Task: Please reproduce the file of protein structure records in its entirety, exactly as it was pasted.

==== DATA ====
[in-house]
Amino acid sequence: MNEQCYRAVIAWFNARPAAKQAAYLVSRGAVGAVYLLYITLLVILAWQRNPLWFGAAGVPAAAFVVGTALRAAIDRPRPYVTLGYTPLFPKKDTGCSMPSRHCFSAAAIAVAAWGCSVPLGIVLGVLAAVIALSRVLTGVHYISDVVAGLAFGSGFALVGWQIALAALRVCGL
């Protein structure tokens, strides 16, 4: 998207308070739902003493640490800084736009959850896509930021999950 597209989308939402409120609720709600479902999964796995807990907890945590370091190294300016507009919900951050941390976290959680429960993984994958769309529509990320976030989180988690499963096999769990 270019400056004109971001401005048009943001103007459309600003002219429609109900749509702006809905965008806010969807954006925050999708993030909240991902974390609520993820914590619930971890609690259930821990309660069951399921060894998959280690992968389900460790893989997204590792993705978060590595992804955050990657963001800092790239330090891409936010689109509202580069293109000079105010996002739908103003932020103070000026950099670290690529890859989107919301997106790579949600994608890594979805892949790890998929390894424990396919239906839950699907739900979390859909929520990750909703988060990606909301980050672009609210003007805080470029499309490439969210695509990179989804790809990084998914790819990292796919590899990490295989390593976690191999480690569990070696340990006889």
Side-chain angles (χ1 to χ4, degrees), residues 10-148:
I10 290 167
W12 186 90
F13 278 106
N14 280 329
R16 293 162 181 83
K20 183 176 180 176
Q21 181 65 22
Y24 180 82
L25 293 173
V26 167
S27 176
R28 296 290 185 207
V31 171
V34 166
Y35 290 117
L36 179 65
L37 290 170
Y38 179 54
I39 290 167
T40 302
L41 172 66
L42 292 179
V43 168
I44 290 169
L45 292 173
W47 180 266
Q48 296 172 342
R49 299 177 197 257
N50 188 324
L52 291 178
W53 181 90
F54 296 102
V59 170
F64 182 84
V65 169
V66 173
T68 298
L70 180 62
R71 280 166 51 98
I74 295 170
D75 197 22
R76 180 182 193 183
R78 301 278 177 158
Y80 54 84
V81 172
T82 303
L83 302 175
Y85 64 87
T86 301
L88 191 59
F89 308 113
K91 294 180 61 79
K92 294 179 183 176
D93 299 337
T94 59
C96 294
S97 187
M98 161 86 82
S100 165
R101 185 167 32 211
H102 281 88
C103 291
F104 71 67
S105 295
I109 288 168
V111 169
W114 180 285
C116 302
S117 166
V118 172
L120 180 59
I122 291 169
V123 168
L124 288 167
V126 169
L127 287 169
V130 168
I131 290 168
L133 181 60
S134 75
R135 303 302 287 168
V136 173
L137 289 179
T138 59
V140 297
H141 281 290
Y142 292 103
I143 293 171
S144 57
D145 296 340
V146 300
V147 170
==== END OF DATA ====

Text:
[in-house]
Amino acid sequence: MNEQCYRAVIAWFNARPAAKQAAYLVSRGAVGAVYLLYITLLVILAWQRNPLWFGAAGVPAAAFVVGTALRAAIDRPRPYVTLGYTPLFPKKDTGCSMPSRHCFSAAAIAVAAWGCSVPLGIVLGVLAAVIALSRVLTGVHYISDVVAGLAFGSGFALVGWQIALAALRVCGL
């Protein structure tokens, strides 16, 4: 998207308070739902003493640490800084736009959850896509930021999950 597209989308939402409120609720709600479902999964796995807990907890945590370091190294300016507009919900951050941390976290959680429960993984994958769309529509990320976030989180988690499963096999769990 270019400056004109971001401005048009943001103007459309600003002219429609109900749509702006809905965008806010969807954006925050999708993030909240991902974390609520993820914590619930971890609690259930821990309660069951399921060894998959280690992968389900460790893989997204590792993705978060590595992804955050990657963001800092790239330090891409936010689109509202580069293109000079105010996002739908103003932020103070000026950099670290690529890859989107919301997106790579949600994608890594979805892949790890998929390894424990396919239906839950699907739900979390859909929520990750909703988060990606909301980050672009609210003007805080470029499309490439969210695509990179989804790809990084998914790819990292796919590899990490295989390593976690191999480690569990070696340990006889």
Side-chain angles (χ1 to χ4, degrees), residues 10-148:
I10 290 167
W12 186 90
F13 278 106
N14 280 329
R16 293 162 181 83
K20 183 176 180 176
Q21 181 65 22
Y24 180 82
L25 293 173
V26 167
S27 176
R28 296 290 185 207
V31 171
V34 166
Y35 290 117
L36 179 65
L37 290 170
Y38 179 54
I39 290 167
T40 302
L41 172 66
L42 292 179
V43 168
I44 290 169
L45 292 173
W47 180 266
Q48 296 172 342
R49 299 177 197 257
N50 188 324
L52 291 178
W53 181 90
F54 296 102
V59 170
F64 182 84
V65 169
V66 173
T68 298
L70 180 62
R71 280 166 51 98
I74 295 170
D75 197 22
R76 180 182 193 183
R78 301 278 177 158
Y80 54 84
V81 172
T82 303
L83 302 175
Y85 64 87
T86 301
L88 191 59
F89 308 113
K91 294 180 61 79
K92 294 179 183 176
D93 299 337
T94 59
C96 294
S97 187
M98 161 86 82
S100 165
R101 185 167 32 211
H102 281 88
C103 291
F104 71 67
S105 295
I109 288 168
V111 169
W114 180 285
C116 302
S117 166
V118 172
L120 180 59
I122 291 169
V123 168
L124 288 167
V126 169
L127 287 169
V130 168
I131 290 168
L133 181 60
S134 75
R135 303 302 287 168
V136 173
L137 289 179
T138 59
V140 297
H141 281 290
Y142 292 103
I143 293 171
S144 57
D145 296 340
V146 300
V147 170